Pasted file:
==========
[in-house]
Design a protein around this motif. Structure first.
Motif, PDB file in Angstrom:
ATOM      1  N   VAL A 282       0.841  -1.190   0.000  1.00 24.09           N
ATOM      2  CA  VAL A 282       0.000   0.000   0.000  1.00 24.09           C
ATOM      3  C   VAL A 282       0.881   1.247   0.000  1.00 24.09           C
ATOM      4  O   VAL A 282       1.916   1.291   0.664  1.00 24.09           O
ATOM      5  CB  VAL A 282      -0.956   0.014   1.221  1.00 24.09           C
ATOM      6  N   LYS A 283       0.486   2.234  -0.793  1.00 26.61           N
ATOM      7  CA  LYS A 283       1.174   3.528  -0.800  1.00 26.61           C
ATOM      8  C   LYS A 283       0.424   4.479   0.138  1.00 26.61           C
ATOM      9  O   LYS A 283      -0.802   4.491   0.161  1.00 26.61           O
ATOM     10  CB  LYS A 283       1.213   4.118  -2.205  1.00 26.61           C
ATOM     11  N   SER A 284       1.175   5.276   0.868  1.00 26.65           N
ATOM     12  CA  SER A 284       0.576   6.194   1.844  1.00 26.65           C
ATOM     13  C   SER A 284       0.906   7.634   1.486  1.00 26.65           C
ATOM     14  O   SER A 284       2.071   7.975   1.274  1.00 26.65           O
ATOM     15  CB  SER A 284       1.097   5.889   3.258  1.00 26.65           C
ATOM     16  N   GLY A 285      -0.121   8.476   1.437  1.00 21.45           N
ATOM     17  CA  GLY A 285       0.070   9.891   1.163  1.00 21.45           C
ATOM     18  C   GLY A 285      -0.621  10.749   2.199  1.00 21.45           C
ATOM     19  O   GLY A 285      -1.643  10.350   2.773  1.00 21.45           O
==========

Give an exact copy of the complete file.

[in-house]
Design a protein around this motif. Structure first.
Motif, PDB file in Angstrom:
ATOM      1  N   VAL A 282       0.841  -1.190   0.000  1.00 24.09           N
ATOM      2  CA  VAL A 282       0.000   0.000   0.000  1.00 24.09           C
ATOM      3  C   VAL A 282       0.881   1.247   0.000  1.00 24.09           C
ATOM      4  O   VAL A 282       1.916   1.291   0.664  1.00 24.09           O
ATOM      5  CB  VAL A 282      -0.956   0.014   1.221  1.00 24.09           C
ATOM      6  N   LYS A 283       0.486   2.234  -0.793  1.00 26.61           N
ATOM      7  CA  LYS A 283       1.174   3.528  -0.800  1.00 26.61           C
ATOM      8  C   LYS A 283       0.424   4.479   0.138  1.00 26.61           C
ATOM      9  O   LYS A 283      -0.802   4.491   0.161  1.00 26.61           O
ATOM     10  CB  LYS A 283       1.213   4.118  -2.205  1.00 26.61           C
ATOM     11  N   SER A 284       1.175   5.276   0.868  1.00 26.65           N
ATOM     12  CA  SER A 284       0.576   6.194   1.844  1.00 26.65           C
ATOM     13  C   SER A 284       0.906   7.634   1.486  1.00 26.65           C
ATOM     14  O   SER A 284       2.071   7.975   1.274  1.00 26.65           O
ATOM     15  CB  SER A 284       1.097   5.889   3.258  1.00 26.65           C
ATOM     16  N   GLY A 285      -0.121   8.476   1.437  1.00 21.45           N
ATOM     17  CA  GLY A 285       0.070   9.891   1.163  1.00 21.45           C
ATOM     18  C   GLY A 285      -0.621  10.749   2.199  1.00 21.45           C
ATOM     19  O   GLY A 285      -1.643  10.350   2.773  1.00 21.45           O